As a consistent reader or reviewer, the inability to see a book through to finish is kind of a let-down – a level of self-disappointment even. However, self-deceit is an even worse option. Over the past twelve months, I have read errr over 50 books? I don’t know for sure… stopped counting at 42. Bear with me if that number isn’t impressive enough – Missy has a few full time jobs. Anyway, excluded from this pathetic excuse for a ‘read’ list, are the books I just could not take in. I’m not ordinarily a quitter, but life’s too short to force it.

Now, for clarity sakes, I cannot emphasize enough that this is not my list of bad books. My inability to take it in is solely on a personal level. However, it wasn’t to spite any author. I particularly love some of them – Barack Obama’s on this list, by the way. Some of these couldn’t make it because I couldn’t stand reading fiction, others were too ‘big’ for me, and the rest just didn’t hold my attention somehow. While I could have tried to struggle to the end, I have an alluring “to be read” pile calling me. There’s also self-deceit, again.

Inasmuch as I review books, I believe that books have to be enjoyed. So, try not to kill me for this. For the sake of balance, I’ll state the reasons why I couldn’t complete them and I’ll also provide links of trusted reviews to them. For those that are completely as a result of my bias, I’ll be giving them a chance with a co-reviewer (that I am yet to find.) That’s about enough of my careful intro. Here’s a rundown of the books I just couldn’t finish.

1)      The Audacity of Hope by Barack Obama

source: Amazon

I know. Don’t kill me. I really tried. In fact, I spent so much time on it that I felt all that time should not go unnoticed. So I provided a partial review of it on my blog. Try as I may, I couldn’t complete the rest of it. In case you didn’t get it the first time, I’m obsessed with Barack – who isn’t? (*Coughs* Trump.) However, politics and governmental jargon isn’t exactly my forte. More so, I’m a Nigerian. There’s only so much of the American political system I can relate with. So here we are. Interestingly, I did enjoy reading various parts of this book. The challenge was that I constantly got lost in the author’s train of thought. So I had to read paragraphs over and again to understand it. The technicalities were just hard to keep track of. Believe me when I say that this book is not written for the lay man – a tag I humbly classify myself under. Here are some really cool reviews of the Audacity of hope by Barack Obama.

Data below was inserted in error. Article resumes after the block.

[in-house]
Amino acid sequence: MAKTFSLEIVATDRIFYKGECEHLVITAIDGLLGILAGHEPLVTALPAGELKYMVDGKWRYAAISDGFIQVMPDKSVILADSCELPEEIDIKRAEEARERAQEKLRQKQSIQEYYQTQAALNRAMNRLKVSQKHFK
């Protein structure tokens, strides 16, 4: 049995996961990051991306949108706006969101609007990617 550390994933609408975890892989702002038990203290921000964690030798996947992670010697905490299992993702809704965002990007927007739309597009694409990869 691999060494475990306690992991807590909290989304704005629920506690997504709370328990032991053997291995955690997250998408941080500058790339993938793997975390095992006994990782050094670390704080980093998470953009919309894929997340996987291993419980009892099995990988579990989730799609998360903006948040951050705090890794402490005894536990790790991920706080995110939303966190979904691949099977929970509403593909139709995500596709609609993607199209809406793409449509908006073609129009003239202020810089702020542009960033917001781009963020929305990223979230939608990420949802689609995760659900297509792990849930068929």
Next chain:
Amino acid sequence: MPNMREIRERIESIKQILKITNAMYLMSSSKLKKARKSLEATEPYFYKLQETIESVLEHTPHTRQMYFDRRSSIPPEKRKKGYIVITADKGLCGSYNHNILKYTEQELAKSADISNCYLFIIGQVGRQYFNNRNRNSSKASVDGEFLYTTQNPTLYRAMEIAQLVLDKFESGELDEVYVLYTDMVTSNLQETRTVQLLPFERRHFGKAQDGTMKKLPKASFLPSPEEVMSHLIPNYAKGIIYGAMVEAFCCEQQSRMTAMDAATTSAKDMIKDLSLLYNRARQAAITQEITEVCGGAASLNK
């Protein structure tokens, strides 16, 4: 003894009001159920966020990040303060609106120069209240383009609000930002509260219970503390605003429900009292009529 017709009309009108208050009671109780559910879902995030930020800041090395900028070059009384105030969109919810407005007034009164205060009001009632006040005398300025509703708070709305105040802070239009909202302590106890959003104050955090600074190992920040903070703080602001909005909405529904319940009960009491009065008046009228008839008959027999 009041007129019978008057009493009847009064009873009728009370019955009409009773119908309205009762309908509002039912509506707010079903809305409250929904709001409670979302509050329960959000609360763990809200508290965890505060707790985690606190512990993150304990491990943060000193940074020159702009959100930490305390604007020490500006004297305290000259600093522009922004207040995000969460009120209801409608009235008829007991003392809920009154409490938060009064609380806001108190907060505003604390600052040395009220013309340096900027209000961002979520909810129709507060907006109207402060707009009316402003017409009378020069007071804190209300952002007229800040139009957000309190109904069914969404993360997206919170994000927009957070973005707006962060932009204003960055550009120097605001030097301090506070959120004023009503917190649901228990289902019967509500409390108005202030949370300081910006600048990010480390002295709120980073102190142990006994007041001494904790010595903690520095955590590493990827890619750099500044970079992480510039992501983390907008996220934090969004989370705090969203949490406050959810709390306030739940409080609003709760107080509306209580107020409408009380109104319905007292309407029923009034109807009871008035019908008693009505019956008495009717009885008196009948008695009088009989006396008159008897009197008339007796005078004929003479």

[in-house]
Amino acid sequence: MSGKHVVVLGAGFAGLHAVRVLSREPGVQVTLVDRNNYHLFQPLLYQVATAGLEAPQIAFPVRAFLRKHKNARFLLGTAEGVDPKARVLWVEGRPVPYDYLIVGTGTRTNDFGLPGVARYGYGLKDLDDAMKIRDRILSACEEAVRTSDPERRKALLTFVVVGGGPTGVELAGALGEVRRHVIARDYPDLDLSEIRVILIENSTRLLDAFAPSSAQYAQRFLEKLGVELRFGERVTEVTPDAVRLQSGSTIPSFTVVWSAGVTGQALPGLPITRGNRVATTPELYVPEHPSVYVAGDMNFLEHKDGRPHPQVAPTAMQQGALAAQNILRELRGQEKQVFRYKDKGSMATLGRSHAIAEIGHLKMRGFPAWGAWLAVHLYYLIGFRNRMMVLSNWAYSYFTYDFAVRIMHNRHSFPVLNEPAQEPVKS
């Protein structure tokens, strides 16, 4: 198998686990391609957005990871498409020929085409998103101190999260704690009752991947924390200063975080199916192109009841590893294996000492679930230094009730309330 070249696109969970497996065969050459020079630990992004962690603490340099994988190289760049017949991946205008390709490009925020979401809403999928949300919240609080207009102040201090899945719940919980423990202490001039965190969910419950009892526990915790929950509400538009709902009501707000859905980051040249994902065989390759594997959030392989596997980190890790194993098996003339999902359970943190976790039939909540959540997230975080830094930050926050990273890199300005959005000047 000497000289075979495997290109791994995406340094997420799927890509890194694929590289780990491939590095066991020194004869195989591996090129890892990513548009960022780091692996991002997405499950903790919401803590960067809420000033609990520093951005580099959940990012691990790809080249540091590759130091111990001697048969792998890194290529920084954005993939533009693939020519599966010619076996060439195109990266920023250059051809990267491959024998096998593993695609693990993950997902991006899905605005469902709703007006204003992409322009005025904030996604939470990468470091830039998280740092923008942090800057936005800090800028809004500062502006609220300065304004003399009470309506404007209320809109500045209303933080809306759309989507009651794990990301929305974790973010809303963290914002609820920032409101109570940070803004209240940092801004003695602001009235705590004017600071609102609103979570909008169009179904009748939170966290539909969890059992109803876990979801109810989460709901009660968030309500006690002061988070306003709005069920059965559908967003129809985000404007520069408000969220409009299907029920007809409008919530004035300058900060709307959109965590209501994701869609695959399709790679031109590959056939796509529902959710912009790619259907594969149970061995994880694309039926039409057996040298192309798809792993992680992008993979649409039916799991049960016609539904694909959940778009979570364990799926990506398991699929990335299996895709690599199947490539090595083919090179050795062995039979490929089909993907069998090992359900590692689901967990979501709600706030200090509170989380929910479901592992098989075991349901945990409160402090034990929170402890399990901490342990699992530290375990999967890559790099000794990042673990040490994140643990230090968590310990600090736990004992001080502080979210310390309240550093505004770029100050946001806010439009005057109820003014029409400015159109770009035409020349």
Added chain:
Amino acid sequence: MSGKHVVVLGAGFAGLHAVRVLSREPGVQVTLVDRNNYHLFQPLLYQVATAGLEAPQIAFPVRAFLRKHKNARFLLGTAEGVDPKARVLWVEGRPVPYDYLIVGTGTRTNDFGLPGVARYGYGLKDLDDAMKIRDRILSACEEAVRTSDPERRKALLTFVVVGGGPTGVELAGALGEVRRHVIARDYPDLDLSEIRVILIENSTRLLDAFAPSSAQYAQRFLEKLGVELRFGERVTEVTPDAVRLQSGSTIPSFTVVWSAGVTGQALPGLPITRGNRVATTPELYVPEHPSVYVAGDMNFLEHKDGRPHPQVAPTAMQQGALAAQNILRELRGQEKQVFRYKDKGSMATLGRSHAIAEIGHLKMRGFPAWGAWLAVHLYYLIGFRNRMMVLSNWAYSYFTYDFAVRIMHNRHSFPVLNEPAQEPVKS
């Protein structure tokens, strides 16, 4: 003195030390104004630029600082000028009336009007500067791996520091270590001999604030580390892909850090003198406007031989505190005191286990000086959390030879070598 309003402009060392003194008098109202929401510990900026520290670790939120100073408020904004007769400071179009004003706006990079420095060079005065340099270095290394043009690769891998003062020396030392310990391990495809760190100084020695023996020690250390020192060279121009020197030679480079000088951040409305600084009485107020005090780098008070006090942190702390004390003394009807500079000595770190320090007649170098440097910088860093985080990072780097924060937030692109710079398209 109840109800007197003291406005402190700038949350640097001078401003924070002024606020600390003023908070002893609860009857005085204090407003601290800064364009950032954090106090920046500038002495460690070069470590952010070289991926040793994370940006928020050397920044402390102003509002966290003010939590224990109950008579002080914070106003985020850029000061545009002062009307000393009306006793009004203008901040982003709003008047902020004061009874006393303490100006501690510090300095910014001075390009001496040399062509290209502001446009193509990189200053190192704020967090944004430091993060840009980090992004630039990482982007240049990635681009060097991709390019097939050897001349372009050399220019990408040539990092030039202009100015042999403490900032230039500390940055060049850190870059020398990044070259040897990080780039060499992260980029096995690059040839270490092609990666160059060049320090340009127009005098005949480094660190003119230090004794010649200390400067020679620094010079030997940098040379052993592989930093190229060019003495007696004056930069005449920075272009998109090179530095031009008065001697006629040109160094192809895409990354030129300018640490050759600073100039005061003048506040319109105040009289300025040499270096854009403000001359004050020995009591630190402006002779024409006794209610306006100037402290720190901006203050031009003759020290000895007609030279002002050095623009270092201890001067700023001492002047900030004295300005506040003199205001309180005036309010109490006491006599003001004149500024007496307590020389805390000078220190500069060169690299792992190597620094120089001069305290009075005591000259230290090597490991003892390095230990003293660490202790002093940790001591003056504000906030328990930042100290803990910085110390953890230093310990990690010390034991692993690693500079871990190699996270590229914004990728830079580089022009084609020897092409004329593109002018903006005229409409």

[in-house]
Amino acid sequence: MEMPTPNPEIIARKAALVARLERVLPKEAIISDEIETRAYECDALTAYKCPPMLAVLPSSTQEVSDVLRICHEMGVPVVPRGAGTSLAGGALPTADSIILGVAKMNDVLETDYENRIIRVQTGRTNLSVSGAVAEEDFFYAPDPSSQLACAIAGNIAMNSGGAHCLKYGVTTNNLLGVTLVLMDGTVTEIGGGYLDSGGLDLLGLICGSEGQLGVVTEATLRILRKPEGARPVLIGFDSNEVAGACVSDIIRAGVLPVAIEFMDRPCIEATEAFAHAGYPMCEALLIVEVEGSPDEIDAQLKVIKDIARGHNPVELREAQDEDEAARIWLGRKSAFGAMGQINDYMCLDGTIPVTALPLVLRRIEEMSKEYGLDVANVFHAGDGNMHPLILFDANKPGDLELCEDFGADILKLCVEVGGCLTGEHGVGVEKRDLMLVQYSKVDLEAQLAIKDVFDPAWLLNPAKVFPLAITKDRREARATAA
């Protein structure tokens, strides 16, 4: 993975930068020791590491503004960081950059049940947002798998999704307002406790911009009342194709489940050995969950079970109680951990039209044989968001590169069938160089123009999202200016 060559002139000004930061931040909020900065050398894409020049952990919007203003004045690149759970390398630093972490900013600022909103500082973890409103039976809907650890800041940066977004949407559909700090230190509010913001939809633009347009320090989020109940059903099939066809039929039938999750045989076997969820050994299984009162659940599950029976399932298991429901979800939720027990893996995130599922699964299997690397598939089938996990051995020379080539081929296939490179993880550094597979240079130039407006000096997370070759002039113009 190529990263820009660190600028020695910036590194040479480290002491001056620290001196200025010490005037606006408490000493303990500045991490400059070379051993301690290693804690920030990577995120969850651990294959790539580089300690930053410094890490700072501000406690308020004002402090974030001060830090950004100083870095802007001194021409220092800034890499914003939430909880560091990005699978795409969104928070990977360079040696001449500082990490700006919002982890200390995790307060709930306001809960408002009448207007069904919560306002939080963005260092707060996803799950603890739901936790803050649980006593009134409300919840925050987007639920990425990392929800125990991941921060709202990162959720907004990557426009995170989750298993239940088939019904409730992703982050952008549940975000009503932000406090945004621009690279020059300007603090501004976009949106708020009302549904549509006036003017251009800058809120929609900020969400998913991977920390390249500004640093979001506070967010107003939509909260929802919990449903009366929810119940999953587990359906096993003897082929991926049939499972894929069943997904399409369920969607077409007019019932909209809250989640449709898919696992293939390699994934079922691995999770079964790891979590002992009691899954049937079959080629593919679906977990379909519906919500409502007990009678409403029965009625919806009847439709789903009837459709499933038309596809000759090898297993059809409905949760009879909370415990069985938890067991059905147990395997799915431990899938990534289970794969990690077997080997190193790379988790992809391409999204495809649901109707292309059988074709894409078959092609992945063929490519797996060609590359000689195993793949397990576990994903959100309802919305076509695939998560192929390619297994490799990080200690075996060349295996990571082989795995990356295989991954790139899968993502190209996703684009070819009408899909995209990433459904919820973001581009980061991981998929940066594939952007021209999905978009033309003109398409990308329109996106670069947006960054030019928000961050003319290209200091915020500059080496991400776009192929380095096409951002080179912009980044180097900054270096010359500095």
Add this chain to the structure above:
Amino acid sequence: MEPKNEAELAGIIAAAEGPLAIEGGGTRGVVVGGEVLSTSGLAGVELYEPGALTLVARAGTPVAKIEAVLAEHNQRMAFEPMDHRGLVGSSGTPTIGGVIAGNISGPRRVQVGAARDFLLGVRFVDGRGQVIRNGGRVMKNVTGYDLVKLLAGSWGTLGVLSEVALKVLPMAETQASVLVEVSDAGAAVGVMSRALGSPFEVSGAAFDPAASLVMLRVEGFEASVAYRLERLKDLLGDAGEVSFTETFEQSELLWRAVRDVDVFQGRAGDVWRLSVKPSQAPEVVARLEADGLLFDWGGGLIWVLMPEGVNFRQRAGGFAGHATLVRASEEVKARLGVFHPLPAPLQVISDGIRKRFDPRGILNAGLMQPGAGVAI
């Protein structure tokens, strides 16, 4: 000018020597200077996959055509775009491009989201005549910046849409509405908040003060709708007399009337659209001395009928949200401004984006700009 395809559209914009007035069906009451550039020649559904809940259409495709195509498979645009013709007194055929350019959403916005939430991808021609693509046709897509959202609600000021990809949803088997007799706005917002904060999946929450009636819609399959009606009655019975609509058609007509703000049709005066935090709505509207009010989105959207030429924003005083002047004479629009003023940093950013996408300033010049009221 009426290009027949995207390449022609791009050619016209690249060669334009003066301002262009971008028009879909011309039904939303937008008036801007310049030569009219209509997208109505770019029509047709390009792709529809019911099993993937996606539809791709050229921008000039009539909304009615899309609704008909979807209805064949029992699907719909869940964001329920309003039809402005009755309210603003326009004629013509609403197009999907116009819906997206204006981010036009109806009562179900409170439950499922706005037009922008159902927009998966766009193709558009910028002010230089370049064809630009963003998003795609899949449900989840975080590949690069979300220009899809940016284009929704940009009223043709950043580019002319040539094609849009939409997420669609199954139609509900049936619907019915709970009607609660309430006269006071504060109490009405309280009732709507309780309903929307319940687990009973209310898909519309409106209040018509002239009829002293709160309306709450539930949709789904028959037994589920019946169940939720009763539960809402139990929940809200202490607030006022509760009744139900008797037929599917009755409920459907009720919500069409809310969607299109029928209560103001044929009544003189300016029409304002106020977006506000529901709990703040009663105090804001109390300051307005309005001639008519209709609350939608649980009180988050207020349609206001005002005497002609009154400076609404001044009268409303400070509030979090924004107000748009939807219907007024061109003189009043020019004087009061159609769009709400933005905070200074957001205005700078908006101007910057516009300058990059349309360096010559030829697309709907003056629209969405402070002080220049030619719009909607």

2)      The Republic of Plato

Source: eBay

This is one of the best books of all time – from what I hear. Maybe if I loved philosophy as much as I loved psychology, or I was older and not plagued with signs of ADHD as I currently am, I’ll have loved it. This book was written by Plato around 380 BC, and the copy I read was purchased in 1959. So I couldn’t wait to finish it and tell you all of my conquest. However, where after a month I was struggling with page 70 out of 387 pages, then something had to be wrong. I intended to do a partial review of this but, in truth, I might not have even known how to review it if I got to the end.

What we have here are the gods of philosophy – Thrasymachus, Polemarchus, Socrates, Cephalus, Glaucon, and Adeimantus, arguing about justice, the ideal society, the luxurious state, and other related stuff. What I’m saying is, it just wasn’t working. The points were great but I had too many things against me. First, it was written in the beautiful Shakespearean English I would have loved if I did literature, then there was a constant need to remain in their train of thoughts or you’ll get lost. There’s also too many speakers. You’ll spend half the time tracing who said what before. Also, you might need to start a part again because you stopped to sip tea. None of these things I could apparently handle. Still, popular information is that the book is a timeless classic. Here are some cool reviews of this book you should check out.


3)      Climate of Fear by Wole Soyinka

source: MoboFree